Graphically, Crime Stories is pretty sharp. The graphics are rather detailed, the landscapes are colorful, and you can usually get a good idea of which things to interact with from the detailed scenery. The title takes on a bit of a cartoonish style, more of a live comic book than a detailed, realistic world, which makes sense because the Martin Mystere character is based on a comic book series. The style works well for the game and helps set the mood nicely. The only problem with the graphics is that there are no options to tweak if you have a low- or high-end system. You can't change the resolution or detail level, and there are no graphical tricks you can turn on or off. What you see is what you get.
Sound is a mixed bag, some good, and some bad. The voiceovers suffer from stilted acting, and at times, it seems like they are splicing in conversation where it doesn't belong. It could be that the voice actors read their lines without any knowledge of what the other pieces of the conversation were. It doesn't help that there are numerous pauses where conversation should be seamless, which interrupts the flow of conversation. Sound effects are minimal and don't always coincide with the action onscreen, but the background music is pretty soothing and fits nicely in with the mood.
The whole game takes a while to complete, so you will get your money's worth out of it. Unfortunately, a lot of that time is spent moving around Martin or his wife from location to location, and sitting through dialog and description every time you talk to a person or examine the scenery. As with most adventure titles, there is little replay value. Once you've played through and seen the ending, you will probably have no incentive to go back and play through it again. Alas, this is a complaint that can be leveled against most any adventure title out there, but it is still a viable complaint in an age of extras and other goodies that can be unlocked in both PC and console games. It is unfortunate, but not unexpected, that Crime Stories does not feature any extras or goodies to unlock.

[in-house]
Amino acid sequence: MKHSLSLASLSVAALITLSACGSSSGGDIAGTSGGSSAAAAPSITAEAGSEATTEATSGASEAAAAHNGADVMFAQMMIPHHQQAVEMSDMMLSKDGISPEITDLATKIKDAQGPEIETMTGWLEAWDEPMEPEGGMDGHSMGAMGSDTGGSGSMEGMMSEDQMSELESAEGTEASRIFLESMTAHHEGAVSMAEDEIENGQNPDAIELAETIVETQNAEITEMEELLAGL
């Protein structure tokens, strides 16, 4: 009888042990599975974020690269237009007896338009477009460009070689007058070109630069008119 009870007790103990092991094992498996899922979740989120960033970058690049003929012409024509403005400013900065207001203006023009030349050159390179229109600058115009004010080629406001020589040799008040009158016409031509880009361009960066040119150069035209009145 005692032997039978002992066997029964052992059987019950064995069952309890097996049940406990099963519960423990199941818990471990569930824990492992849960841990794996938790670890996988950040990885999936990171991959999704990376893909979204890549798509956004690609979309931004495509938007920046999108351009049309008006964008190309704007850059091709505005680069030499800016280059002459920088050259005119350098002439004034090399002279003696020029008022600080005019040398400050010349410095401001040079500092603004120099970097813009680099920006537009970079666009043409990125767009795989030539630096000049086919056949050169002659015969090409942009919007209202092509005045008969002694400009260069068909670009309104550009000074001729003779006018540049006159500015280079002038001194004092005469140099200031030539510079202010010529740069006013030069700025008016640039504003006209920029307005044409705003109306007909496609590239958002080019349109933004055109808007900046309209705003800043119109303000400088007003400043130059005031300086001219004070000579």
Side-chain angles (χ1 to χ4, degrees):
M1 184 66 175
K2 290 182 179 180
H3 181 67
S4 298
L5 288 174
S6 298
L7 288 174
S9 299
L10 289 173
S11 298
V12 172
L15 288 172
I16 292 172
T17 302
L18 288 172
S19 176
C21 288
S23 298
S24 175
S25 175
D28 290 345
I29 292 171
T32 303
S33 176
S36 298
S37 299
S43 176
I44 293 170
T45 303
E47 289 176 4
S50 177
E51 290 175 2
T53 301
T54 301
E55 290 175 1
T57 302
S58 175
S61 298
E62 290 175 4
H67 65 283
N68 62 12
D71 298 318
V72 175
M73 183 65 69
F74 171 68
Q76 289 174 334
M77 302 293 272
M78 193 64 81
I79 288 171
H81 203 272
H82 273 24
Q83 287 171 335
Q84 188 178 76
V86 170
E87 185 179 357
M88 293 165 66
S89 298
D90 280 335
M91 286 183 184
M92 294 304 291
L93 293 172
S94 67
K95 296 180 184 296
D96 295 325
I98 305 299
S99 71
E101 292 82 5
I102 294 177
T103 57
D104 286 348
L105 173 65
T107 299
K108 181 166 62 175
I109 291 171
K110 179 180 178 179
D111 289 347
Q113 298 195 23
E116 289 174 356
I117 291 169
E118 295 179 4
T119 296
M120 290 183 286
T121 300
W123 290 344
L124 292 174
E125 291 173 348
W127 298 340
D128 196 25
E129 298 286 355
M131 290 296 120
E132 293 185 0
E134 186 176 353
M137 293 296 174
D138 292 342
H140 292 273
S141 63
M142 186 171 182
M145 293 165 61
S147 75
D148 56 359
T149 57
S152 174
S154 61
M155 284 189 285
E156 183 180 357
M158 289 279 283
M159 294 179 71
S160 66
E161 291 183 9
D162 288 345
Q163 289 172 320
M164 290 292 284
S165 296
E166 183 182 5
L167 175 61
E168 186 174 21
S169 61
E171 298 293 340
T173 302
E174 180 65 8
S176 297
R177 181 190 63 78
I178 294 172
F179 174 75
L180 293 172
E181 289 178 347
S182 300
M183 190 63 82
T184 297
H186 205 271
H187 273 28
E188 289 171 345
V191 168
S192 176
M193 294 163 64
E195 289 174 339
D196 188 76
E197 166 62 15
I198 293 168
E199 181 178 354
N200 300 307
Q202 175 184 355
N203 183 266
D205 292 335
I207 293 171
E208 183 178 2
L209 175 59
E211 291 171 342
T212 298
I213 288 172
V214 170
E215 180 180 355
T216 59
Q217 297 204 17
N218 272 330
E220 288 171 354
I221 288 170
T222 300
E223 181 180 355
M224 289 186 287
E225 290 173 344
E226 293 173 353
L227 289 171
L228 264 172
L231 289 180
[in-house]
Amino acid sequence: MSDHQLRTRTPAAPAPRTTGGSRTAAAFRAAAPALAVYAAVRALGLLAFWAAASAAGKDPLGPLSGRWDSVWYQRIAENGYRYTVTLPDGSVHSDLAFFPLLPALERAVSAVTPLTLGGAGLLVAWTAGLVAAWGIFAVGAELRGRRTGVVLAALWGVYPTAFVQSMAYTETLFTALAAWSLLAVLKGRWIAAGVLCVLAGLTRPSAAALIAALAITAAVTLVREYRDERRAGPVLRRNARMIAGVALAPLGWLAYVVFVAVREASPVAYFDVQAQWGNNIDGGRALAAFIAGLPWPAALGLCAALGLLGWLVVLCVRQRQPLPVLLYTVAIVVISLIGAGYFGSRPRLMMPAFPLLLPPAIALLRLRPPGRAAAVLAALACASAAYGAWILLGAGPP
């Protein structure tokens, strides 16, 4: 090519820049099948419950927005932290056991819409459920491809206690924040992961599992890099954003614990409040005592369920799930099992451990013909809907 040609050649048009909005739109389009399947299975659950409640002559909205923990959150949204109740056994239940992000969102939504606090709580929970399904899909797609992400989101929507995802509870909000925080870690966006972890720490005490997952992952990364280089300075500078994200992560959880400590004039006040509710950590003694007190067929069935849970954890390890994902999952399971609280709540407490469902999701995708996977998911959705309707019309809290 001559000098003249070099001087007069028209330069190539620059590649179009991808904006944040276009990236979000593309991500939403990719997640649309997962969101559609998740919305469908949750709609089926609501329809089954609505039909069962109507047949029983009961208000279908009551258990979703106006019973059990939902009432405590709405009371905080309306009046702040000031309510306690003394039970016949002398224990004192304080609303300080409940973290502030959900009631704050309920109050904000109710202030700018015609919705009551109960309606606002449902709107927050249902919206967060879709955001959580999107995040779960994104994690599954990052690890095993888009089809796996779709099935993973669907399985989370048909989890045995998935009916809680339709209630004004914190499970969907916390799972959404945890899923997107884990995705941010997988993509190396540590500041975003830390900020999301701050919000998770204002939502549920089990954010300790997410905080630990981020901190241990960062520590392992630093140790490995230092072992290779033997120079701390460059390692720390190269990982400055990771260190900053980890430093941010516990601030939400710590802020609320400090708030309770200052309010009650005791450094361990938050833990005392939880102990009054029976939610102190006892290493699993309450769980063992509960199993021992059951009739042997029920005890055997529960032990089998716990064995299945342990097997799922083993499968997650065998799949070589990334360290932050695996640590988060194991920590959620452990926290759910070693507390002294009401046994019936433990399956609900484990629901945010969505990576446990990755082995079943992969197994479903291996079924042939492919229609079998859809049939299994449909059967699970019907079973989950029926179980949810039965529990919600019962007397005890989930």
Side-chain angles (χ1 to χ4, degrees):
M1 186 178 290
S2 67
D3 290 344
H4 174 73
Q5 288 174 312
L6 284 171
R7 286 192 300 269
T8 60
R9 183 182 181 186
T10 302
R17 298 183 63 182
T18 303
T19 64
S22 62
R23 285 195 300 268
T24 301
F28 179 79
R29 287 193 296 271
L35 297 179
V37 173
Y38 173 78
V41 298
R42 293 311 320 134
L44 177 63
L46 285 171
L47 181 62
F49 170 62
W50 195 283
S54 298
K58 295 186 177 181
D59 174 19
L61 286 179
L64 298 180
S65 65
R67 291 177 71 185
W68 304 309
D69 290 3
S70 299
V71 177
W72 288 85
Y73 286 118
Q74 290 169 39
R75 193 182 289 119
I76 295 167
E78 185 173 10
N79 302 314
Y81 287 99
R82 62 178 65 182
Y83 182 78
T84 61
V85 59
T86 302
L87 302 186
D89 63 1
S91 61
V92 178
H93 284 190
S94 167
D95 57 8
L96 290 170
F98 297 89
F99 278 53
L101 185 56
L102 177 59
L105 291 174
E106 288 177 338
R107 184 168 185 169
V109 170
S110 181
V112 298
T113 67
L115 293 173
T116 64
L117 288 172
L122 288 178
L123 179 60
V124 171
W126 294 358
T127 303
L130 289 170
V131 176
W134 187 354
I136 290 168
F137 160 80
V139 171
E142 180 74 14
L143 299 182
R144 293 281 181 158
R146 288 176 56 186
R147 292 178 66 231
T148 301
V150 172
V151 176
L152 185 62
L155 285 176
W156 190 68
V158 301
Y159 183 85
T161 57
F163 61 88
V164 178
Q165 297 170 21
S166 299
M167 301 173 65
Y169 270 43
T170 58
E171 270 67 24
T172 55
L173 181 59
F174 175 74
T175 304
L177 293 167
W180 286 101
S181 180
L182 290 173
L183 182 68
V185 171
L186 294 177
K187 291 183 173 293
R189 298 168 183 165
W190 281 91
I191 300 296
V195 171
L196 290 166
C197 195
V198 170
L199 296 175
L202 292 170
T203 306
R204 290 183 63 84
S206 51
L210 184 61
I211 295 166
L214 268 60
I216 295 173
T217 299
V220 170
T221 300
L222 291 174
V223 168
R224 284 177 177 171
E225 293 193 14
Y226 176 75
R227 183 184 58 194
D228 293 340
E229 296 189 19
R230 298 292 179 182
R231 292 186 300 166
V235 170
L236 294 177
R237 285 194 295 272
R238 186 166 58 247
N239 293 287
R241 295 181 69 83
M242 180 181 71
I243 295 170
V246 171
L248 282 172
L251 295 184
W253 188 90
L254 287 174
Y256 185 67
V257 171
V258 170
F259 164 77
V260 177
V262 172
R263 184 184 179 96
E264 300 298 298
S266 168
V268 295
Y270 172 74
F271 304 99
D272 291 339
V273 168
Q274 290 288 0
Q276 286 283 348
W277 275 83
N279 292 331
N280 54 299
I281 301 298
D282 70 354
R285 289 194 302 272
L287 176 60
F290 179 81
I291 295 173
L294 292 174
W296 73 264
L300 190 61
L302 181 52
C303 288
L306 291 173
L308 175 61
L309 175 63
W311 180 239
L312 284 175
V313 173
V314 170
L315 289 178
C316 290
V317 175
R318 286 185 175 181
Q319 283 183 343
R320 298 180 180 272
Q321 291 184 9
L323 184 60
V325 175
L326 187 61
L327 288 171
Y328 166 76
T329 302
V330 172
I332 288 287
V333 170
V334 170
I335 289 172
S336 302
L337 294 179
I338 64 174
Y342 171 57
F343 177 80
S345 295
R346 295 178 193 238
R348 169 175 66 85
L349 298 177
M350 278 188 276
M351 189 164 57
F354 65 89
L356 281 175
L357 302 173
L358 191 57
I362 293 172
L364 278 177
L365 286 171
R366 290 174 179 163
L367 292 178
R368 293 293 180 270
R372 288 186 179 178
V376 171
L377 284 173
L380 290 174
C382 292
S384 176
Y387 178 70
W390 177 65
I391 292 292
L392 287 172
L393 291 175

Overall, Crime Stories suffers from some poor design decisions as well as a downright annoying presentation. Adding the ability to skip or speed through dialog would have dramatically improved the gaming experience. It would have also been helpful to move the game away from the sort of clichéd plot that we've seen before. However, the story is serviceable, you do get to play as more than one character, and the plot develops nicely, so there is enjoyment to be found here. Colorful graphics and some decent music add gameplay value as well. If you're an adventure fan and like to play every adventure game that comes down the pike, Crime Stories is probably good enough for you to enjoy. For those who don't particularly enjoy adventure titles, there are other candidates that are more worthy of your time.